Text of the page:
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Definable numbers

  1. Dec 14, 2004 #1


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    A definable number is one that satisfies a formula of the form:

    "There exists a unique x such that P(x)"

    for some logical formula P.

    This Wikipedia article asserts that the definable numbers are countable, because the set of all logical formulae is countable. (fine) Then, it continues by concluding that most real numbers are not definable, because the real numbers are uncountable. (...)

    It strikes me that there is a problem with this paragraph -- in particular, the measure of countability is coming from two different theories! (Compare to Skolem's paradox)

    The second statement:

    "the real numbers are uncountable"

    is fine -- it's proven straightforwardly by Cantor's diagonal argument, and isn't really questionable. In particular, though, it's a theorem of some particular theory. (Say, second-order ZF)

    The first statement:

    "the set of all logical formulae is countable"

    is also fine -- it's proven straightforwardly by induction on the complexity of the formulae. However, this is not a theorem within the same theory!

    To continue with the example, this statement could be made as a theorem in second-order ZF about the possible first-order formulae of ZF. Or, it might be a theorem of some external theory (say, third-order ZF?) about the possible second-order formulae of ZF.

    But, it cannot be a theorem of second-order ZF about the possible second-order formulae of ZF! (can it?)

    Now, it's a familiar fact that measuring sets in different theories leads to conflicting results -- Skolem's paradox. So, I'm entirely unconvinced by the argument given in Wikipedia that most real numbers are not definable.

    But wait, there's more!

    Today at work, I was thinking about the axioms of ZF. If we extend the notion of a definable number to that of a definable set, in the obvious way, it seems to me that you would not be able to prove the existance of a set that was not definable! In particular, I conjecture that there does not exist a formula P(x) in ZF for which you can prove:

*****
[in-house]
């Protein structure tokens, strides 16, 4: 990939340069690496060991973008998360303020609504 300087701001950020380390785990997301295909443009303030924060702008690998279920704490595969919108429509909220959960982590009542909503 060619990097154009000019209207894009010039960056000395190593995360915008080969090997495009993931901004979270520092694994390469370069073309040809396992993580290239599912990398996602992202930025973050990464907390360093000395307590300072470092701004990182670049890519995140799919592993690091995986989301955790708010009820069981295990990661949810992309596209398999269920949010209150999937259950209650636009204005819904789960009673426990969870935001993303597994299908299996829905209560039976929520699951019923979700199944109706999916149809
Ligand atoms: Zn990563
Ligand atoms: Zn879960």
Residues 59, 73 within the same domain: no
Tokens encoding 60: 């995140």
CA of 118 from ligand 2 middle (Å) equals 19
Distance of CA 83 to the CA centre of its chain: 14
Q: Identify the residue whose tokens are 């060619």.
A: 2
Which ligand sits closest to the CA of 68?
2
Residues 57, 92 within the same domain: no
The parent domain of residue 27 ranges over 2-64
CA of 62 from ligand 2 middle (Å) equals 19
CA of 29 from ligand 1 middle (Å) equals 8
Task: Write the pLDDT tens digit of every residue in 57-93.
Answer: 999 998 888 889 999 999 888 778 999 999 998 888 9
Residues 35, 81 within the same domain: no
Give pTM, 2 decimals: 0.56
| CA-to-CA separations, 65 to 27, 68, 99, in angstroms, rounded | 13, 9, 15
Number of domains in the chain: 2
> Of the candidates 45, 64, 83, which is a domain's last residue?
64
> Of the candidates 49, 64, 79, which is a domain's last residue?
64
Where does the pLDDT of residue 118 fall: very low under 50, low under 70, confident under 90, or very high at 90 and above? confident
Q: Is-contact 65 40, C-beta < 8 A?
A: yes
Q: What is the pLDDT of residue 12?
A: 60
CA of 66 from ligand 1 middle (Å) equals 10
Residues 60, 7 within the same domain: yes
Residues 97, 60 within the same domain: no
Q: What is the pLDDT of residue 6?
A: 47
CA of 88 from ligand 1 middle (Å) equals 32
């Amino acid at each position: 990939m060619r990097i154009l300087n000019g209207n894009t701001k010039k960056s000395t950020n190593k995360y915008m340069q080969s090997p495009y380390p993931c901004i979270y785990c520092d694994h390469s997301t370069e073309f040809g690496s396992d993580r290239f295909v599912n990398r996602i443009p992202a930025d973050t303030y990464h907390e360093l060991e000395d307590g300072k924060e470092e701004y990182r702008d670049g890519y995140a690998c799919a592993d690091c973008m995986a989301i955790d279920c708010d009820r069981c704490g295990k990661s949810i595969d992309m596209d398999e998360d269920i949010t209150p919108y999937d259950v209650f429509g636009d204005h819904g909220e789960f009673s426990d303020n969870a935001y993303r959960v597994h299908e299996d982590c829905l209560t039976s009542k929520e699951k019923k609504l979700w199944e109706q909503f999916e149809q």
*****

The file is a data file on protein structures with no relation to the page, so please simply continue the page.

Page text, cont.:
There exists an x such that P(x)

    but such that no definable number satisfies P. The same goes for ZFC, if you replace the axiom of choice with an actual function that selects particular choice functions! (But that would seem to go against the spirit of this exercise...)

    Does anyone out there have any further insight they can contribute?
  2. jcsd
  3. Dec 15, 2004 #2

    matt grime

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    I'm not sure I see what the problem is (but then I'm not a logician). In any model of ZF that contains something called the real numbers, they are countable, but not "countable within the model" - that is cantor's theorem still holds: there is no bijection from N (the set arising from the axiom of infinity) to its power set, even though its power set is "countable".

    That doesn't appear to answer anything though.
  4. Dec 15, 2004 #3


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    Not answering anything is still an answer... it lets me know I'm probably not overlooking something obvious!
  5. Dec 15, 2004 #4
    I think there is an ambiguity in the Wikipedia article. The definition seems to be that there is a specific, finite system of rules which are to be used in the definition. On the other hand, the implication is that definable numbers represent all numbers that we can define. Both of these will be countable, so we can do a diagonal argument on each of them, to generate a new 'definable' real number. In the first case this shows that we didn't capture all of the 'definable' numbers. In the second case we show that the notion of definable number that we are using isn't really well defined.
  6. Dec 28, 2004 #5
    Definable sets and in particular definable numbers is one of the topic in Model Theory .
    Please see the definition of the terms "A-definable" , "EmptySet-Definable".
    Also please see , for last part of your question , "constructable sets" and their relation between "definable sets" in Algebraicly closed fields and R .
  7. Dec 28, 2004 #6


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    It may be that you're getting stuck on the noting of 'an undefinable set' rather than collections of undefinable sets. Just because a particular set is undefinable, does not mean that the a collection containing that set is undefinable.

    If you allow for 'transcendant'(I'm sure there's a better or more appropriate term) or infinite formulae, such as:
    P(x) is true if p(x) is false for all finite formulas p s.t. p only has one solution.

    Then it's possible to prove that there are x such that P(x) exists even though it's not possible to specify any particular such x.
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